Ch.7 - Quantum MechanicsWorksheetSee all chapters
All Chapters
Ch.1 - Intro to General Chemistry
Ch.2 - Atoms & Elements
Ch.3 - Chemical Reactions
BONUS: Lab Techniques and Procedures
BONUS: Mathematical Operations and Functions
Ch.4 - Chemical Quantities & Aqueous Reactions
Ch.5 - Gases
Ch.6 - Thermochemistry
Ch.7 - Quantum Mechanics
Ch.8 - Periodic Properties of the Elements
Ch.9 - Bonding & Molecular Structure
Ch.10 - Molecular Shapes & Valence Bond Theory
Ch.11 - Liquids, Solids & Intermolecular Forces
Ch.12 - Solutions
Ch.13 - Chemical Kinetics
Ch.14 - Chemical Equilibrium
Ch.15 - Acid and Base Equilibrium
Ch.16 - Aqueous Equilibrium
Ch. 17 - Chemical Thermodynamics
Ch.18 - Electrochemistry
Ch.19 - Nuclear Chemistry
Ch.20 - Organic Chemistry
Ch.22 - Chemistry of the Nonmetals
Ch.23 - Transition Metals and Coordination Compounds

Solution: One of the emission lines of the hydrogen atom has a wavelength of 93.8 nm. (b) Determine the initial and final values of n associated with this emission.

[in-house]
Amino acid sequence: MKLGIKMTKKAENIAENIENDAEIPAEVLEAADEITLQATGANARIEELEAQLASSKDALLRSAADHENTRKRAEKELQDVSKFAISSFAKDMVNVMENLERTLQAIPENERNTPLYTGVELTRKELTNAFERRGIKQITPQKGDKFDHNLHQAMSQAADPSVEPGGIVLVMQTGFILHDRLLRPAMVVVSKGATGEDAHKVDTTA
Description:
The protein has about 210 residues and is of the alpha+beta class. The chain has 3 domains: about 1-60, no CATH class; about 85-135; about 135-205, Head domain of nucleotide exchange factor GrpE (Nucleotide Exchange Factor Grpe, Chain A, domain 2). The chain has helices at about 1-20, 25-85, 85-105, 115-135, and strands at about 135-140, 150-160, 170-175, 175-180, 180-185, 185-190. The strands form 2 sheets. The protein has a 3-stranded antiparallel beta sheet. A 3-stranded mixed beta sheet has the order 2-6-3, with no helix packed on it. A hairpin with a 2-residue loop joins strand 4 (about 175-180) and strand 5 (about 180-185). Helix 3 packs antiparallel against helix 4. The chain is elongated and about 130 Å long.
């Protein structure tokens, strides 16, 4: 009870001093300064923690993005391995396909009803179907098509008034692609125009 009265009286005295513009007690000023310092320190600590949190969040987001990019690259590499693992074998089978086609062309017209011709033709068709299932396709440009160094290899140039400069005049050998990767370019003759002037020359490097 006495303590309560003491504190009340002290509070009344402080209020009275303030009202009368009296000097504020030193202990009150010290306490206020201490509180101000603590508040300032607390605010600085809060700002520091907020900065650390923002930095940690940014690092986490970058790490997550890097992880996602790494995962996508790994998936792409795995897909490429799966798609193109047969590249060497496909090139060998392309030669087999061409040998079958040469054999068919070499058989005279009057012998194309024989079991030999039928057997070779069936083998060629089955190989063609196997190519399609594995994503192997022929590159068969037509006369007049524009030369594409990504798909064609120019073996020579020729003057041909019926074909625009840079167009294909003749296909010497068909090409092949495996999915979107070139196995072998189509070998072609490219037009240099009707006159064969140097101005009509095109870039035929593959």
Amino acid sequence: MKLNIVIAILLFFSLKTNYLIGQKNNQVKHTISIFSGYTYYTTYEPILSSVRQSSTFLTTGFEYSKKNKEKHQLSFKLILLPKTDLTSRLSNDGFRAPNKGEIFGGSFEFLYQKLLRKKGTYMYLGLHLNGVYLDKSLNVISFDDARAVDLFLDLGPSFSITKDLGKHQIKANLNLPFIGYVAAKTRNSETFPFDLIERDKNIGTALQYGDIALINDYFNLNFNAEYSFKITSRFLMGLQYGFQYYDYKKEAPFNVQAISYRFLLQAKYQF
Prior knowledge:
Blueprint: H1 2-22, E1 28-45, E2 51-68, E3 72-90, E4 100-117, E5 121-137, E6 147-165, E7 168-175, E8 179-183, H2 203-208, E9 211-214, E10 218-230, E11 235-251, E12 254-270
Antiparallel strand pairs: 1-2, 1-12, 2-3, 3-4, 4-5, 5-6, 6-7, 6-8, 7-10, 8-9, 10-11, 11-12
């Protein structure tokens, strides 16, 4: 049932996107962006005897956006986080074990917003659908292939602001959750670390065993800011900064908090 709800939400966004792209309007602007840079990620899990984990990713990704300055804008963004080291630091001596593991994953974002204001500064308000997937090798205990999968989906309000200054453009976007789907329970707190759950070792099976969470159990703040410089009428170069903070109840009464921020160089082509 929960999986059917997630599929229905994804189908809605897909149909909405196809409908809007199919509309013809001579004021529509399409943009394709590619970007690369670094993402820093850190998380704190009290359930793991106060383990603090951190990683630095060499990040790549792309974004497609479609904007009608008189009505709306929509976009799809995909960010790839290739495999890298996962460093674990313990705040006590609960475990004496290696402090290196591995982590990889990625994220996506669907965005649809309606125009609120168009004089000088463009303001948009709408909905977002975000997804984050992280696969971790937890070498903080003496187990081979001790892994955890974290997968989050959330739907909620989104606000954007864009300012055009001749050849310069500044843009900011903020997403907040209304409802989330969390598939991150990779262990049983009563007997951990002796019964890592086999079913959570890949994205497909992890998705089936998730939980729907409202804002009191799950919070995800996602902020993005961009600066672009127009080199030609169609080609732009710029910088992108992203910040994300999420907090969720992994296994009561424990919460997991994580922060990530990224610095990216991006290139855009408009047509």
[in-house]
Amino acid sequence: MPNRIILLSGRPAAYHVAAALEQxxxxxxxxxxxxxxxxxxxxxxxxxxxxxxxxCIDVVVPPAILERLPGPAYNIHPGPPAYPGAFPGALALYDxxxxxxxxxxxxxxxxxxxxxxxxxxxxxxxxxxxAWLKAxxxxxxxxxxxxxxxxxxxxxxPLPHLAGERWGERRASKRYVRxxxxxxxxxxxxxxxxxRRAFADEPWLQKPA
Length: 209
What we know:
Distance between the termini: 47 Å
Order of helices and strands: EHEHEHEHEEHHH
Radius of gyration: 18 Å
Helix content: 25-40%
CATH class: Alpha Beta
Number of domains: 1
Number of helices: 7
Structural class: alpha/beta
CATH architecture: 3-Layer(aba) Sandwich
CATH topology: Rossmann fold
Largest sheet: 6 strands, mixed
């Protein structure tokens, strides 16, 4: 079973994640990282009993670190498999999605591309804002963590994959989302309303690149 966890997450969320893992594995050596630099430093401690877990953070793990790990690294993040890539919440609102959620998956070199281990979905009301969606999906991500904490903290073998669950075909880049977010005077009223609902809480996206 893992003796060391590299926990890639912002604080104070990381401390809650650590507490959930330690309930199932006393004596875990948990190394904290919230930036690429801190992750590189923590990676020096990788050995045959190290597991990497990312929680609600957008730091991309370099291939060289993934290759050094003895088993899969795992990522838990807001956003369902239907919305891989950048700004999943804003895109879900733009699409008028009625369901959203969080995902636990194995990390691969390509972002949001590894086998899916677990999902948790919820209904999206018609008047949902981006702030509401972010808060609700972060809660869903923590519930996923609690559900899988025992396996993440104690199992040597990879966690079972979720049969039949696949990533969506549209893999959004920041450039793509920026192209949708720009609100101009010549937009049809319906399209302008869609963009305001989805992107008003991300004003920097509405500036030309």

Solution: One of the emission lines of the hydrogen atom has a wavelength of 93.8 nm. (b) Determine the initial and final values of n associated with this emission.

Problem

One of the emission lines of the hydrogen atom has a wavelength of 93.8 nm. (b) Determine the initial and final values of n associated with this emission.

Solution

The emitted light has a wavelength of 93.8 nm. When you look at the electromagnetic spectrum, this wavelength lies in the UV region. When the emission is within the UV region we call this the Lyman Series.

Lyman series is referred to when an electron goes from higher numbered shell to the 1st shell.

Based on the Lyman Series, we know now that the final energy level is the first shell where:

nf = 1

We can determine ninitial using the Bohr Equation shown below:

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